One thing that I think the APRAP report IS doing very effectively is reminding us that for many towns the clock is ticking pretty rapidly on these questions.

    Brian, NCPR

  14. Brian Mann says:

    PS

    It is not just a US problem either. I am currently traveling in Portugal and have trekked through small towns in several regions that are in severe decline or, in some cases, are essentially abandoned.

    Not to be melodramatic, but urbanization is one of the great tectonic events of the last century. It has altered human life and culture planetwide, from China to India to the small towns where I grew up.

    The Adirondacks are a microcosm of a pretty amazing event, really, the transition of our species from a predominately rural people to a people anchored in overwhelming margins in bigger and bigger cities.

    One cool thing is that we, unlike most rural places, are still trying to think about and adapt to and shape this trend…

    Brian, NCPR

    • Pete Nelson says:

      Brian:

      Your point about urbanization being akin to a tectonic event is right. It would be naive to think anything will change that. Globally human society is moving to a more urban profile, period.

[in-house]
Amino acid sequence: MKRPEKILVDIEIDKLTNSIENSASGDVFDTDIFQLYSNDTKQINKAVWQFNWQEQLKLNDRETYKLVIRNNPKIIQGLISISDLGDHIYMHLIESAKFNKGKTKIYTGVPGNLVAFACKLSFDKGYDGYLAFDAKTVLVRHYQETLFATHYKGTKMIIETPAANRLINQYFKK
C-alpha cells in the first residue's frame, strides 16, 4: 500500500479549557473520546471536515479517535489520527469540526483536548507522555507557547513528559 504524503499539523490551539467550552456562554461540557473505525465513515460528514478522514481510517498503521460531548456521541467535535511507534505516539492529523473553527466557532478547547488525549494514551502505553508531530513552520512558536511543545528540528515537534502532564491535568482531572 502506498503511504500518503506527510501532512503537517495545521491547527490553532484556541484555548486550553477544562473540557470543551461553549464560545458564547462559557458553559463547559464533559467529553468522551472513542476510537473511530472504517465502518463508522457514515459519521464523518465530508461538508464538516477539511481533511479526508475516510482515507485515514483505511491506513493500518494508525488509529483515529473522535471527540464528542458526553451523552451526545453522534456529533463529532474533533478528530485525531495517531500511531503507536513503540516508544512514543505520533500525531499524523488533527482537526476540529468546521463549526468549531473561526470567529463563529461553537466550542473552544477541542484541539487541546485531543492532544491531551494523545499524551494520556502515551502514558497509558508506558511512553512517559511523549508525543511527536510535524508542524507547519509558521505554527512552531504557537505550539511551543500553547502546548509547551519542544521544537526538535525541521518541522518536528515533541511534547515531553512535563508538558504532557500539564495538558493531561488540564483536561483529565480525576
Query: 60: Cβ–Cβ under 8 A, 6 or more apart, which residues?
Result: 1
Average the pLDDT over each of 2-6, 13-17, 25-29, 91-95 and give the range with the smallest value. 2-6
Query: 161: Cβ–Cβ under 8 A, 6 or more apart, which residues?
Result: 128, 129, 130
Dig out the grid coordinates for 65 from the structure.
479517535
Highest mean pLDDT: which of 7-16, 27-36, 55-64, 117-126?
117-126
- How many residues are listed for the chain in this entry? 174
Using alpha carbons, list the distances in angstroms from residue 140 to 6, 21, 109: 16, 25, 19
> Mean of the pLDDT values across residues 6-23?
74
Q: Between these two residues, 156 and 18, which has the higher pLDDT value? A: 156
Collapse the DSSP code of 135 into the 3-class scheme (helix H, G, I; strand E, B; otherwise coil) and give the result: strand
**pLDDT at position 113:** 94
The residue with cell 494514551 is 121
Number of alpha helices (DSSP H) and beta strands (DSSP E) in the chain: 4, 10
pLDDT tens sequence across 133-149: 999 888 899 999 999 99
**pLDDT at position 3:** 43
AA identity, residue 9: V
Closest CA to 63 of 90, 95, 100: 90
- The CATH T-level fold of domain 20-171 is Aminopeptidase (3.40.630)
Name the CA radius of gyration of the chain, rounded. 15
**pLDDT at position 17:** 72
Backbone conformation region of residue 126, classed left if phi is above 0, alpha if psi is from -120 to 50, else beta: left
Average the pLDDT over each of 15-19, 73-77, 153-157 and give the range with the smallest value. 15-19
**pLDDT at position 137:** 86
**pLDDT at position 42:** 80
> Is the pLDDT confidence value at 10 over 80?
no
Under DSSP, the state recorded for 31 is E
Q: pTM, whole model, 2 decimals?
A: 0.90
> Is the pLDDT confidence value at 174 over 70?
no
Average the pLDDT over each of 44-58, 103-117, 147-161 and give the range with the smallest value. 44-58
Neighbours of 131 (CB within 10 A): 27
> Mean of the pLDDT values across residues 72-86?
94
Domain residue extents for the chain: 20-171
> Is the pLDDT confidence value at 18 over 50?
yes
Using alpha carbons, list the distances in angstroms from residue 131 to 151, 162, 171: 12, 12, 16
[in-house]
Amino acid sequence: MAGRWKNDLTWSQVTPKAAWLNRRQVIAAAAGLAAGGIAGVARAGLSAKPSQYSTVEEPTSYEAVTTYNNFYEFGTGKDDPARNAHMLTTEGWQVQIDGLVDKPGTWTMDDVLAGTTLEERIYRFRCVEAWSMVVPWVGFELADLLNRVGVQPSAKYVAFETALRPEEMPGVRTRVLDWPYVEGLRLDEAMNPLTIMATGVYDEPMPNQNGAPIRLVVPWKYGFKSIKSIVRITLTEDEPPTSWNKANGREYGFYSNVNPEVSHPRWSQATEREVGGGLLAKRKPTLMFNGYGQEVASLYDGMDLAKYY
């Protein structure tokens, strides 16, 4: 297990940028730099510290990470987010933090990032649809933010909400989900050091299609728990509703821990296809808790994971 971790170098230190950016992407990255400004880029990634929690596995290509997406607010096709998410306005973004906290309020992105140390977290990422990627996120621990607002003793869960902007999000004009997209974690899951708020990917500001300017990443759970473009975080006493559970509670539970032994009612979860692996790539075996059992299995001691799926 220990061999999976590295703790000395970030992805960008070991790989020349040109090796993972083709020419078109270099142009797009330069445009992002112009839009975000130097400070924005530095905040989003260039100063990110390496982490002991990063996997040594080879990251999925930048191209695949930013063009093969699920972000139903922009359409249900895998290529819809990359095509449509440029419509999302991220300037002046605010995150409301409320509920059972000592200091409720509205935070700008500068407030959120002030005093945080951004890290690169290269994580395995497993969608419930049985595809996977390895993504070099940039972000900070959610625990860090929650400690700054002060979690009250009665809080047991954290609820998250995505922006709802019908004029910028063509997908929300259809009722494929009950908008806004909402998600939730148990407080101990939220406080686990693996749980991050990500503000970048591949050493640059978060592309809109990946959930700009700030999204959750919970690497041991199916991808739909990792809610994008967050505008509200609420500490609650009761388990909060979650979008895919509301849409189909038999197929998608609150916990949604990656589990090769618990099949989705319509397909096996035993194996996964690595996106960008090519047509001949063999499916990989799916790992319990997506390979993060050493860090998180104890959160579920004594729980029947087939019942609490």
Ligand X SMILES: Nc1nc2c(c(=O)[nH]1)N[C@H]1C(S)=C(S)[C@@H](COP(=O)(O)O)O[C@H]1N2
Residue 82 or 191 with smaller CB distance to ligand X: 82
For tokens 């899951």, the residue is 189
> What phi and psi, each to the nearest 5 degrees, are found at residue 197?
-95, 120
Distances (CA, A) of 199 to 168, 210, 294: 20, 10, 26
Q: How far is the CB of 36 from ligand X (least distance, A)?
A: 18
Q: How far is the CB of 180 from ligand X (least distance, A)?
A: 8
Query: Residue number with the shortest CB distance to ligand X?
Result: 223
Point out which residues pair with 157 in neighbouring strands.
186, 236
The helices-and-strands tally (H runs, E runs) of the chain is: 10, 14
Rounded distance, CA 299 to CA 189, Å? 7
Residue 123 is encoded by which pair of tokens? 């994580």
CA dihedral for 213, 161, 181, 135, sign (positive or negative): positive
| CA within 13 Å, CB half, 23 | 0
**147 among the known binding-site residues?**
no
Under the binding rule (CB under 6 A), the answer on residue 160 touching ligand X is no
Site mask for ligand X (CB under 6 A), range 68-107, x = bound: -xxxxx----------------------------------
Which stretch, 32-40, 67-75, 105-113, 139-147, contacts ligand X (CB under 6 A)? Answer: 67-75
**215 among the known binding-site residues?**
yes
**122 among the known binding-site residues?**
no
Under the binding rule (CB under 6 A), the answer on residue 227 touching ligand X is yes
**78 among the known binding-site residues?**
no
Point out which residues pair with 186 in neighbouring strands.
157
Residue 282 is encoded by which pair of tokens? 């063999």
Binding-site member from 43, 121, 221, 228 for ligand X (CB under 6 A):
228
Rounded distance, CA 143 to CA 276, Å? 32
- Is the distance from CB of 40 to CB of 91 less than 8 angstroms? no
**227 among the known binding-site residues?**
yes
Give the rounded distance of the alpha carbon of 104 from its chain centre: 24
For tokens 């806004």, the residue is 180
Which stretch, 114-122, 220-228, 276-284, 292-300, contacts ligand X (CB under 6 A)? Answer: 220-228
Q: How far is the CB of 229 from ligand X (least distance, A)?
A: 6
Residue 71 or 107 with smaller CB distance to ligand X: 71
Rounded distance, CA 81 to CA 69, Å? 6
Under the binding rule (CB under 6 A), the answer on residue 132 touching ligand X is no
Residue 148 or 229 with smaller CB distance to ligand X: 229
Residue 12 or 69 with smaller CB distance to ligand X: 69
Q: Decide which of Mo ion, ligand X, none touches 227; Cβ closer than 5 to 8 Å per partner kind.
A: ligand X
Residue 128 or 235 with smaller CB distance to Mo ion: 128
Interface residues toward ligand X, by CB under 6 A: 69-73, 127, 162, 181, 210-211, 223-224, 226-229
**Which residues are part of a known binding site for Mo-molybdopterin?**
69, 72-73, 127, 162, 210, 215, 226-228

What we can take advantage of is the growing counter trend. While there is no doubt that overall the percentage of people living in urban environments is going to continue to increase, there is a measurable and growing stream of urban flight, people who want out. This counter stream is well documented in studies and borne out by 2010 US Census figures. It is this stream that is measured in the Headwaters Economics study of Western States.

      The same studies which document urban flight also offer at least a cursory profile of this cohort: primarily holders of service and/or hi-tech jobs that allow teleworking, sophisticated users of the connected world, discretionary income, upwardly mobile, seeking a healthier quality of life and seeking it through proximity to wilderness and grandeur, to a clean and green environment and to outdoor recreation activities.

      So this counter stream is a niche. But it’s our niche, our opportunity. Given that this stream is dwarfed by the urban flow, it necessarily follows that urban flighters must be competed for. The Adirondack region has to have a competitive advantage to draw these people to us in favor of other rural areas. I think it can, what with its iconic beauty, its intimate forests and perhaps most of all its streams, rivers and lakes. But it has to be marketed effectively. The traditional marketing approach of Adirondack chairs, quaint rustic charm, B and B’s and high-end resorts does not target this cohort. Besides, we won’t be out-competing Vermont on that front any time soon. Yet in terms of grandeur, wilderness, clean air and water, Vermont ain’t us. So let’s use what we’ve got.